It really depends on why the government would be after the gold in this scenario – for tax revenue, collateral for some form of international loan, or to build its reserves for some reason? I think there will be plenty of other sources of wealth targeted for tax revenue before gold is even considered, and the government is content enough printing money to lend to itself right now than to bother getting a secured loan from anybody else. As for refilling the Treasury’s FX reserves with gold, I think that’d be just swell, but I don’t see any desire for it to happen.

The argument that miners could actually be safer than bullion is an interesting one. I don’t think the government would go after the miners of bullion ETFs as that would significantly damage London’s reputation and role as the world’s financial centre and Commodity Capitol (unless they were really desperate for some reason).

We wrote a while back about the vast flows of bullion that are flowing into London’s vaults – driven by investors wanting exposure to gold that’s held in a safe place (Britannia brings back her bullion13 February). Never say never, but the government seizing the bullion of private investors is not something I’m expecting. That would jeopardise so much of London’s allure for international investment, which is one of the biggest advantages Britain has on the global stage.

Then again, there have been moments where the government has betrayed that trust when it comes to gold. The Bank of England de facto confiscated the gold it was holding for the Venezuelan government at the behest of the US State Department not so long ago, which certainly tarnished London’s image as a safe haven for capital held by the US’s adversaries.

Still, I don’t think Her Majesty’s fine young men will be marching into City vaults anytime soon to confiscate the glowing yellow treasure held by ETFs. The risk is not zero however, and it’s certainly worth your consideration.

Some folks like to go for high-carat gold jewellery over bullion to help negate this risk, as gold confiscation is generally only targeted at investment grade coins and bars rather than necklaces and bangles (the aforementioned measure by FDR in 1933 permitted gold jewellery ownership, for example).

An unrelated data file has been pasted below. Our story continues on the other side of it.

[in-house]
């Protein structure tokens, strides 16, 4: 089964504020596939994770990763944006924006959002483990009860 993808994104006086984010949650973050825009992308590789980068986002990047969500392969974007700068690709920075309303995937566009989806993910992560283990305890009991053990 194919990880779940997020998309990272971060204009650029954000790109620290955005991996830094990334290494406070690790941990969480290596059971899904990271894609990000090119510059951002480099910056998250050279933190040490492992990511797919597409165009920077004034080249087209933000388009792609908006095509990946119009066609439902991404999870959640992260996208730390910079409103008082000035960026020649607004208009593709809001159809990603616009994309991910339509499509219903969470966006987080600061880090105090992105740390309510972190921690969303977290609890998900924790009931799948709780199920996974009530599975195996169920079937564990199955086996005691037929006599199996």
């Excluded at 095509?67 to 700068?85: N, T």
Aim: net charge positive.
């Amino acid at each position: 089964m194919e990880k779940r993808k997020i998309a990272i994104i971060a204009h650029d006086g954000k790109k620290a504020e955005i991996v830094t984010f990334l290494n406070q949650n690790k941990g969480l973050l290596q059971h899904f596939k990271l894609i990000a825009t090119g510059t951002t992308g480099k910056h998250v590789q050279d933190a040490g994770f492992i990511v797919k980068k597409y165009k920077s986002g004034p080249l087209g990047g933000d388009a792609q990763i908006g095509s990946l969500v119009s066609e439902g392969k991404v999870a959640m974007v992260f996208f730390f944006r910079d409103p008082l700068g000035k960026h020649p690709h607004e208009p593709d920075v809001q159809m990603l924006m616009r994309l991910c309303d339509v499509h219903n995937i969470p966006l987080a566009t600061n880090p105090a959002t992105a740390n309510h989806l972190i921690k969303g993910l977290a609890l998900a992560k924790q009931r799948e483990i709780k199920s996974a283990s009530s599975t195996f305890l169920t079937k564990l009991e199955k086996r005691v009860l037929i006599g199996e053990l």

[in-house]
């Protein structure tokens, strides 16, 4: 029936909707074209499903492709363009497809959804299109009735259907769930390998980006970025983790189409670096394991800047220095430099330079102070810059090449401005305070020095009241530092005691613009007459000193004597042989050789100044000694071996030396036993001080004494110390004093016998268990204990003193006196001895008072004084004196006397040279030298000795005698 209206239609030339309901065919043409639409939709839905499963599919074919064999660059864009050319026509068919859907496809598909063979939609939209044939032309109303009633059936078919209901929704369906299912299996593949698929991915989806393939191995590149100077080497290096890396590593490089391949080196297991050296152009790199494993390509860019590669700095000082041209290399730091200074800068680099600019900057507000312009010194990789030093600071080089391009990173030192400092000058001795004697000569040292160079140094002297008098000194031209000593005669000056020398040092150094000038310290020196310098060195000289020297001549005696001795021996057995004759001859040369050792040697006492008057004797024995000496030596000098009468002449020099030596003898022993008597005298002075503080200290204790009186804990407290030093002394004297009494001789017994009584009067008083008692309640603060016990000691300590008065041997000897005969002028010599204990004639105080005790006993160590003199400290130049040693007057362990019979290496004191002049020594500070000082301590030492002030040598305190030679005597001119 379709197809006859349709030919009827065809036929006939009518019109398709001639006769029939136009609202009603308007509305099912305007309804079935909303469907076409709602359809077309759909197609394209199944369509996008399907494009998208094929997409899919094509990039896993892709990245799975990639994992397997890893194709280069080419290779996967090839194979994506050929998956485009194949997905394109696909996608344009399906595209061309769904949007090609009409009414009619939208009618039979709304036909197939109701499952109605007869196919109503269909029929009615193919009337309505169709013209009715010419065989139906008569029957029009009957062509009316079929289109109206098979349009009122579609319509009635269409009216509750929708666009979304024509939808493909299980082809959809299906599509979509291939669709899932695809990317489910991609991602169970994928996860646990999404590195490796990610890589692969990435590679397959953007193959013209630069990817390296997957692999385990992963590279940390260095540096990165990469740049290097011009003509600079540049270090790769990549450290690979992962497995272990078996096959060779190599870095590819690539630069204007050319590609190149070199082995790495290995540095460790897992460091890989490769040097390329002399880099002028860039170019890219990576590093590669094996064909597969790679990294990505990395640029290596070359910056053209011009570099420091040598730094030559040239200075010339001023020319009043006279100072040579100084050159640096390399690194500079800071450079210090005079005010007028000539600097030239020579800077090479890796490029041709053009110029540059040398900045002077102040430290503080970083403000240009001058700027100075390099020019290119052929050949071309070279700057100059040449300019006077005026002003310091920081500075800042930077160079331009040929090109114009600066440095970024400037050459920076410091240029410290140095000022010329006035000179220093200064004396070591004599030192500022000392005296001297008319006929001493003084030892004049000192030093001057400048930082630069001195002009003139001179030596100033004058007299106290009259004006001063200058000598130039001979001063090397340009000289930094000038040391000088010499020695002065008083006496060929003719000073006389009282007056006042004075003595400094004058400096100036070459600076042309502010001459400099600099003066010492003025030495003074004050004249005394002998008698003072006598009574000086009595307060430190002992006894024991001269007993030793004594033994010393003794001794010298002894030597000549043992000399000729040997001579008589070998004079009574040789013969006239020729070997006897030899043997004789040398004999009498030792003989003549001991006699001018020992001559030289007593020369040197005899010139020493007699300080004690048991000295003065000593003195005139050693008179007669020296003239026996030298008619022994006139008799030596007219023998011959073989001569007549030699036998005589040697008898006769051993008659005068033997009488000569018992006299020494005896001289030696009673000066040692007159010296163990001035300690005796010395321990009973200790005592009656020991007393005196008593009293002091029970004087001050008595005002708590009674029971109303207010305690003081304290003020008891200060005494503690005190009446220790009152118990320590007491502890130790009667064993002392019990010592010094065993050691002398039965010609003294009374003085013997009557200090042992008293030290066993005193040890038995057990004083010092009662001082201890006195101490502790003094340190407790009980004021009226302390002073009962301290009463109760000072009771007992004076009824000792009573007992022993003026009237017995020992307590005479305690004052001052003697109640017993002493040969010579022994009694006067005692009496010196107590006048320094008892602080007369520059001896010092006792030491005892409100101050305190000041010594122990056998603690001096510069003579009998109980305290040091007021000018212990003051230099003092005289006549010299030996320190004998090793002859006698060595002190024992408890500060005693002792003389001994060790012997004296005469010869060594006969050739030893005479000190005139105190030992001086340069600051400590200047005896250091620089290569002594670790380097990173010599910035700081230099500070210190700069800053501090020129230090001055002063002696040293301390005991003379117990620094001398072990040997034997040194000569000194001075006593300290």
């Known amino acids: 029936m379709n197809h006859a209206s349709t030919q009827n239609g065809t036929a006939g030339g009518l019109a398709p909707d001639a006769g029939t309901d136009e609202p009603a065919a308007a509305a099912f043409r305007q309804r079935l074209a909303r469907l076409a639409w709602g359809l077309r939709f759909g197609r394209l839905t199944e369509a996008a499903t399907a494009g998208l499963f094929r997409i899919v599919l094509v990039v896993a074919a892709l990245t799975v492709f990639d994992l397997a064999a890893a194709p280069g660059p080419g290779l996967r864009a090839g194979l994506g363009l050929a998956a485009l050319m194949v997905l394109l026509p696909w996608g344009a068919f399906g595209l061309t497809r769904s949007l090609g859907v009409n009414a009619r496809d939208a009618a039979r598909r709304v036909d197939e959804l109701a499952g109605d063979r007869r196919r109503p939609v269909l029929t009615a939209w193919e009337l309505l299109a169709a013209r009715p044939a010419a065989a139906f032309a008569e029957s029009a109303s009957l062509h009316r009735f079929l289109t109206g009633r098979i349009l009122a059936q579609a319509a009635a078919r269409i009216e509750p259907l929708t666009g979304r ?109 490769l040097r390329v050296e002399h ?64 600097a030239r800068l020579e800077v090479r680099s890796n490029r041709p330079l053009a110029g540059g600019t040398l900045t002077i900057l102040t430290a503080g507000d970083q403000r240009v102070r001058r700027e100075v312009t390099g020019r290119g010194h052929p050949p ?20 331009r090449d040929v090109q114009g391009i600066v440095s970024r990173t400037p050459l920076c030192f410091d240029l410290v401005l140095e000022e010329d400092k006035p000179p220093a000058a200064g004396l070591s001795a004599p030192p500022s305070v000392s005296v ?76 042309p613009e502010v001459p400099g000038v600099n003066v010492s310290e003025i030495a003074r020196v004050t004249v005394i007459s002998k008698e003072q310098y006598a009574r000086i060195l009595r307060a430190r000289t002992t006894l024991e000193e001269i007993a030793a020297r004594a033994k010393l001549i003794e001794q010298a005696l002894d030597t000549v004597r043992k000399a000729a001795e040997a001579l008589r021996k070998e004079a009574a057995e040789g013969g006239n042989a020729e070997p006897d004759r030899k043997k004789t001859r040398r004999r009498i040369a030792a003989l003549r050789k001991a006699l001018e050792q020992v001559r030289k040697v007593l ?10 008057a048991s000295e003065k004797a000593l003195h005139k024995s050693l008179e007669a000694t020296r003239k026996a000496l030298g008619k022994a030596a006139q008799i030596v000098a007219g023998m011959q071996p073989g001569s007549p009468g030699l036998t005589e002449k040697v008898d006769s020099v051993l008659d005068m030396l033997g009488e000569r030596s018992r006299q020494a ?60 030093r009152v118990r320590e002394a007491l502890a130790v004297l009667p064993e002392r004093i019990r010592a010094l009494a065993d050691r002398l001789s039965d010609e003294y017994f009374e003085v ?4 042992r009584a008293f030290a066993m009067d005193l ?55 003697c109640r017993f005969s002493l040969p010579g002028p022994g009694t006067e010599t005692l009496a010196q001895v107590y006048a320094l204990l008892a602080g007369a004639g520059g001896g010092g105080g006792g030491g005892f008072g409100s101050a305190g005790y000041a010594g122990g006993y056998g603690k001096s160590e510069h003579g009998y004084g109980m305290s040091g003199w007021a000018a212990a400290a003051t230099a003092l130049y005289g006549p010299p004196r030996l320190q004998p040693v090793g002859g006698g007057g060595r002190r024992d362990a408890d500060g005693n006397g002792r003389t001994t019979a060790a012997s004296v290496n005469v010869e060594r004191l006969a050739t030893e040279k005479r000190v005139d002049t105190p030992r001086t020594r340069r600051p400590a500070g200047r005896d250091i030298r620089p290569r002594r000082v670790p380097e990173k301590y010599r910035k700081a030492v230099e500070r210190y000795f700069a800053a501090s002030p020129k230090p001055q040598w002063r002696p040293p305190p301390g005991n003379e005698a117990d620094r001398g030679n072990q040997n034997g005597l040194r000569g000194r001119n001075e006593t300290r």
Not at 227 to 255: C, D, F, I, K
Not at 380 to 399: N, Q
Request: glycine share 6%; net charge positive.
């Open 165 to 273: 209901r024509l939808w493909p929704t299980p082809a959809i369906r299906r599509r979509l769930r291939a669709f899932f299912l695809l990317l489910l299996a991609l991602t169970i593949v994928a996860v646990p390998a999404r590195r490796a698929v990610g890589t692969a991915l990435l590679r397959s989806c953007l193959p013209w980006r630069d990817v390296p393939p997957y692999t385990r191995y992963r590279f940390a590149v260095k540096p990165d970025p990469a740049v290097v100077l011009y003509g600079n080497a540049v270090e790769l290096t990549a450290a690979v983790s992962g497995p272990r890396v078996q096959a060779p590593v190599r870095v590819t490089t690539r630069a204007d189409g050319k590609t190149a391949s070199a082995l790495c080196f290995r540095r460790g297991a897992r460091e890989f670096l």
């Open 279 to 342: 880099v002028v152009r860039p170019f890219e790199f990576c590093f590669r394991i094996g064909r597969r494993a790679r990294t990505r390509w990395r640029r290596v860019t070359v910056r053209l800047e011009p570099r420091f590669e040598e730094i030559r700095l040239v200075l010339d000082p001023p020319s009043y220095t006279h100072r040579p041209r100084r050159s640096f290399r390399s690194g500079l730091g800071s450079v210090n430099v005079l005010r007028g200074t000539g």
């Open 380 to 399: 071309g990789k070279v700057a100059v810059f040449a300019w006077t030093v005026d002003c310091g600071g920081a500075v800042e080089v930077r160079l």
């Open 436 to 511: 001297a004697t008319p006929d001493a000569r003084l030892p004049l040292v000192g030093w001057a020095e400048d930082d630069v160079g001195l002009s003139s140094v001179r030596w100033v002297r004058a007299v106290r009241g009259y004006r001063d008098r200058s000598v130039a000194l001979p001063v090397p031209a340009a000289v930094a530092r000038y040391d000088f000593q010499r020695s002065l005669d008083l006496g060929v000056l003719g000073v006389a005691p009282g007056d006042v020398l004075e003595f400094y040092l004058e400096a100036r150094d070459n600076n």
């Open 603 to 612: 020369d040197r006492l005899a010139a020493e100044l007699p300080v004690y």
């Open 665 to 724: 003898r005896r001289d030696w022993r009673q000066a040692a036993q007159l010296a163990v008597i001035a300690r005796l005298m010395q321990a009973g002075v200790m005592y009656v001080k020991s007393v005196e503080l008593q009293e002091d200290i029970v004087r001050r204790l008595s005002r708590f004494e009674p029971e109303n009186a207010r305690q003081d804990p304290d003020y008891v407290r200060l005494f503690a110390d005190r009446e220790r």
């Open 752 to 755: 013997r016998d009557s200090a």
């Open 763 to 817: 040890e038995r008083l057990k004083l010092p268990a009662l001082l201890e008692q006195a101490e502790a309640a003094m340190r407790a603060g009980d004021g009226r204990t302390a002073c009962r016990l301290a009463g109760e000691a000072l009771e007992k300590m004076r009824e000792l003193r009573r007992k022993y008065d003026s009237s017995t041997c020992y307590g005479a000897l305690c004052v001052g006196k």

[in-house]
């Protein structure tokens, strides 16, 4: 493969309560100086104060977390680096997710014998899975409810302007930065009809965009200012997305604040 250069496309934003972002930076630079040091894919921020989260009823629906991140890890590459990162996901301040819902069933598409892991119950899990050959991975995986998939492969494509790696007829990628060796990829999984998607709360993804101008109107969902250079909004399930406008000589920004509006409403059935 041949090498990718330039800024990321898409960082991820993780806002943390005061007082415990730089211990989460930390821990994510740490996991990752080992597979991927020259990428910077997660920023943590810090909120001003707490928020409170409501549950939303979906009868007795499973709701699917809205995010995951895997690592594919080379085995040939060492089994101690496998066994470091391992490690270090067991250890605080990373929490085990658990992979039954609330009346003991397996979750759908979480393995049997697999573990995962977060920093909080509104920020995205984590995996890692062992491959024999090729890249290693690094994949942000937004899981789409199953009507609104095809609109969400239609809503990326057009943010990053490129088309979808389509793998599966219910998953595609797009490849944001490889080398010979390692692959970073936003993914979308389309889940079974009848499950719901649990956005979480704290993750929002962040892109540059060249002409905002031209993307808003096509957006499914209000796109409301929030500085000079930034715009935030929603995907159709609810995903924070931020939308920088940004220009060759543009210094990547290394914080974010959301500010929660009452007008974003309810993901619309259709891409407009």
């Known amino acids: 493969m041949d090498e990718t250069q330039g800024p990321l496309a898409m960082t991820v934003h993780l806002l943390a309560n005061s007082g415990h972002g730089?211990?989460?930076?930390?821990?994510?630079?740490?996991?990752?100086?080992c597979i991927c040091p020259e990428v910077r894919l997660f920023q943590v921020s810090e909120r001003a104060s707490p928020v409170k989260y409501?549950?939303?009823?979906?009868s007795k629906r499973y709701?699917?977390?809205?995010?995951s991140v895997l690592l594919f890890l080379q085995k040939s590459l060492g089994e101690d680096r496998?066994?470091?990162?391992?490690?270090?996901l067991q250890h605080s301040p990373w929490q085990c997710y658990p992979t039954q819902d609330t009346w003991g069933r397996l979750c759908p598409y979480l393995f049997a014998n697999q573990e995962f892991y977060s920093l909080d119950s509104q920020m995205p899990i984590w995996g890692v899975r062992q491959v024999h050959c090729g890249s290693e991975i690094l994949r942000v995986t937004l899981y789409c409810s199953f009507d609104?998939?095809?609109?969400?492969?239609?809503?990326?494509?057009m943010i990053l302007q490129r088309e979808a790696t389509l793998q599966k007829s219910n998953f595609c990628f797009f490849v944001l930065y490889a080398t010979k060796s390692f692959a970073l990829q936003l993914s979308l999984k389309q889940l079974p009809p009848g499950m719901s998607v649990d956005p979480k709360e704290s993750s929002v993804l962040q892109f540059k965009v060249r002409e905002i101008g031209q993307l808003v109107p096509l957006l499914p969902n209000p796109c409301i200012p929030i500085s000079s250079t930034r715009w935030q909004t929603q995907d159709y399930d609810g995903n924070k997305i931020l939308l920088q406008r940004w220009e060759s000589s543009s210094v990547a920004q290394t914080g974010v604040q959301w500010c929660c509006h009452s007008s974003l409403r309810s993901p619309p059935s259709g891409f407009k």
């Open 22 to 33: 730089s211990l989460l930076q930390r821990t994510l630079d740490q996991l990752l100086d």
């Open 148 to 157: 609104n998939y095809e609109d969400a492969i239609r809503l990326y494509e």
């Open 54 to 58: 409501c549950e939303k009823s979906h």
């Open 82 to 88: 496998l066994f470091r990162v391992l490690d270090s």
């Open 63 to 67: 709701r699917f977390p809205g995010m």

It’s only in very authoritarian regimes that all gold including jewellery has been targeted as well. And jewellery is certainly much easier to explain when travelling around than a sack of gold bars. The downside is that jewellery generally comes with a much higher premium above the gold price than bullion, and you get kicked in the teeth with VAT as well.

I hope the elephant in the living room has been adequately addressed, anyhow.

On the topic of gold, ever wondered how many ounces of it you could sell your house for? At least one of you has, as detailed in an interesting response to Tuesday’s letter – The greatest market rally of all time.

To emphasise that gold is a preservation of capital, a store of value
and not an investment I did a gold/property ratio comparison between 1969 and today. At the time of the “Italian Job” it took ~300 ounces of gold to buy a UK house, whereas today, ~150 ounces. This is consistent with US house prices too. So – are houses cheap or is gold cheap?

Re. New Zealand; it would have taken a similar ~264 ounces of gold to buy the average New Zealand house back in 1969. House prices in the South Sea Socialist Peoples Republic have rocketed in recent years to the extent the socialists have prevented foreign buyers from buying. The $8,000 1969 house is now a staggering $700,000 house – but it requires the same ~264 ounces of gold to buy it.

That’s all from me for the moment – I’ll be back later on this month.

Wishing you a good weekend,

Boaz Shoshan
Editor, Capital & Conflict

PS If you’re interested in keeping up with the financial stories I’m following while I’m away, you can follow me on Twitter. And be sure to check out what’s been going on at Exponential Investor, where my colleagues Kit Winder and Sam Volkering have just launched a new podcast...

Category: Investing in Gold